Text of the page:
Materials and Methods
Isolation and culture of mouse skin primary cells
Mice deficient for integrin α2 subunit (Holtkötter et al., 2002) and corresponding wild-type littermates were generated by heterozygous matings of animals that had been backcrossed into a C57Bl/6 background for more than six generations. Newborn animals were killed by decapitation. The entire trunk skin was removed and incubated overnight with 0.1% trypsin, 0.02% EDTA in PBS, followed by mechanical separation of epidermis from dermis. To isolate fibroblasts, the dermis was diced finely and incubated with 400 U/ml of collagenase I (Cell Systems, St Katharinen, Germany) for 1 hour at 37°C. Tissue debris was removed by centrifugation and collected fibroblasts were cultured in Dulbecco's modified Eagle's medium (DMEM, Invitrogen, Karlsruhe, Germany) containing 10% fetal calf serum (FCS, PAA Laboratories, Cölbe, Germany), 2 mM glutamine and antibiotics (Seromed-Biochrom, Berlin, Germany), and 50 μg/ml sodium ascorbate. The fibroblasts were used between passage three and five for experiments. Keratinocytes were isolated according to Rheinwald and Green (Rheinwald and Green, 1975) with some modifications. Finely minced epidermis was incubated in DMEM/Ham's F12 (3:1 v/v; Seromed-Biochrom) supplemented with 50 μM Ca2+, 1.8×10-4 M adenine, 0.5 μg/ml hydrocortisone, 5 μg/ml insulin, 1×10-10 M cholera enterotoxin, 10 ng/ml EGF, antibiotics (all from Sigma-Aldrich, Schnelldorf, Germany) and 10% FCS (PAA Laboratories) depleted of calcium by treatment with Chelex (BioRad, Munich, Germany). Cells were dissociated by agitation and seeded onto rat plasma fibronectin-coated (30 μg/ml; Sigma) plates together with growth-arrested 3T3 J2 feeder cells. Cultures were maintained in DMEM/Ham's with supplements at 32°C and used for experiments at passage two to four. Mouse neonatal primary keratinocytes (CellnTec, Bern, Switzerland) were subcultured in serum-free mouse keratinocyte growth medium (CellnTec).
Cell adhesion assays
Tissue culture wells (96-well plates, Costar) were coated with collagen I (Seromed-Biochrom), collagen IV (kindly provided by K. Kühn, Max-Planck Institute for Biochemistry, Martinsried, Germany), laminin-nidogen complex, referred to hereafter as laminin 1 (kindly provided by R. Timpl, Max-Planck Institute for Biochemistry, Martinsried, Germany) and laminin 5 (Rousselle and Aumailley, 1994). After saturation of the wells with 1% BSA (Fraction V, Serva, Heidelberg, Germany), equal number of cells were seeded in triplicate wells for 30 minutes when not otherwise indicated. For inhibition experiments with integrin function-blocking antibodies, suspended cells were mixed with appropriate dilutions of antibodies before seeding on coated wells. We used hamster monoclonal antibodies against rat and cross-reacting with mouse integrin β1 (Ha2/5), α1 (Ha31/8) and α2 (Ha1/29) subunits (PharMingen, Heidelberg, Germany). At the end of the experiments, adherent cells were quantified as previously reported (Aumailley et al., 1989) and photographed with a digital camera (PowerShot G5, Canon, Tokyo, Japan) mounted on a phase-contrast microscope (Axiovert 100, Carl Zeiss, Göttingen, Germany).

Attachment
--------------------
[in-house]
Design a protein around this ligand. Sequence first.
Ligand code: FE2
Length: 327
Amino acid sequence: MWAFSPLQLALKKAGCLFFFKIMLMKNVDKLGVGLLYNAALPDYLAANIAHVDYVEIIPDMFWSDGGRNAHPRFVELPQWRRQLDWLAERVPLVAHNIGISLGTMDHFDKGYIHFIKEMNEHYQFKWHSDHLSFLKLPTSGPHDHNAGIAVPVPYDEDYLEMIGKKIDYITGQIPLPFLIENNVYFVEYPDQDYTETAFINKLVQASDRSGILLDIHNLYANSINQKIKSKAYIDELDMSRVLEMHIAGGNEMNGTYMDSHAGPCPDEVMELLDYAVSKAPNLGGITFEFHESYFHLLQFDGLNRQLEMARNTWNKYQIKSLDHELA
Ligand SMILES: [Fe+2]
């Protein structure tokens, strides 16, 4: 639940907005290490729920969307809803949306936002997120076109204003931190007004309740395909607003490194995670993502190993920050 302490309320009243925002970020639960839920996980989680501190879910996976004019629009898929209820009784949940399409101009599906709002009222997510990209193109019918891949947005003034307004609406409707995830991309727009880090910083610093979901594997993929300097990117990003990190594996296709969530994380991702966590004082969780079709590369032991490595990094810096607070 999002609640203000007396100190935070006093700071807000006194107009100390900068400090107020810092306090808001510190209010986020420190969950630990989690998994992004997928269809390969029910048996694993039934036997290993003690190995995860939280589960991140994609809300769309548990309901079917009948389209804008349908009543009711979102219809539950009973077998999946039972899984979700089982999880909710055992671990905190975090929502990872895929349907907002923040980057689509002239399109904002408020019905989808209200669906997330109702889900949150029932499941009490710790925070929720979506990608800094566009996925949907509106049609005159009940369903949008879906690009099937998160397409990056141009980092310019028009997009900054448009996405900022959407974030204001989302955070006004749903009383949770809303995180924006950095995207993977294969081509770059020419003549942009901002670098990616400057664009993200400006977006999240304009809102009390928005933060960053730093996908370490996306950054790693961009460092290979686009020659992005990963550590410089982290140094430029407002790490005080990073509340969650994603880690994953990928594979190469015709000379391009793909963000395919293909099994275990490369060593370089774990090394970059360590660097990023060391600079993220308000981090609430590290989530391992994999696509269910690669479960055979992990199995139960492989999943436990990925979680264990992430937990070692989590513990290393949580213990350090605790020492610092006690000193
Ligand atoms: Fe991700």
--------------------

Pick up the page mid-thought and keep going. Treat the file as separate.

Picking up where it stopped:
siRNA-mediated silencing of the α2 subunit
Double-stranded RNA oligonucleotides specifically targeting mouse integrin α2 subunit were obtained from Eurogentec (Sart-Tilman, Belgium) and the sense sequences were as follows: 5′-GGAGACAUCUCCAGUUCUUTT-3′ (siRNA1), 5′-GUCCAGACUUUCAGUUCUUTT-3′ (siRNA2), 5′-GCAUGGCAUUGGUGACUAUTT-3′ (siRNA3), and 5′-AUACUUACGCACGCUCCAATT-3′ (control siRNA). Semi-confluent wild-type mouse fibroblasts were transfected by calcium phosphate co-precipitation of one or two siRNAs (100 nM each) and further grown up to 76 hours. In some experiments the fibroblasts were transfected a second time after 36 hours. Expression of integrin α2 subunit was determined by SDS-PAGE fractionation of cell lysates and immunoblotting.
SDS-PAGE and immunoblotting
Confluent cell monolayers were lysed and homogenized in 50 mM Tris-HCl, pH 7.5, 150 mM NaCl, 1% Triton X-100, 1 mM each MgCl2, MnCl2, CaCl2, 1 μg/ml each leupeptin and pepstatin, 0.5 mM PMSF. Cell lysates were clarified by centrifugation and aliquots were fractionated by SDS-PAGE on 7% acrylamide gels under reducing conditions followed by immunoblotting with rabbit antibodies raised against the intracellular domain of integrin α1 (AB1934, Chemicon Europe, Hofheim, Germany), α2 and α11 subunits (peptide synthesis, conjugation to keyhole limpet hemocyanin and immunization were performed at Innovagen, Lund, Sweden) and secondary antibodies coupled to horseradish peroxidase (DakoCytomation). Reactive bands were visualized by ECL (Amersham Biosciences, Freiburg, Germany).
Cell migration assays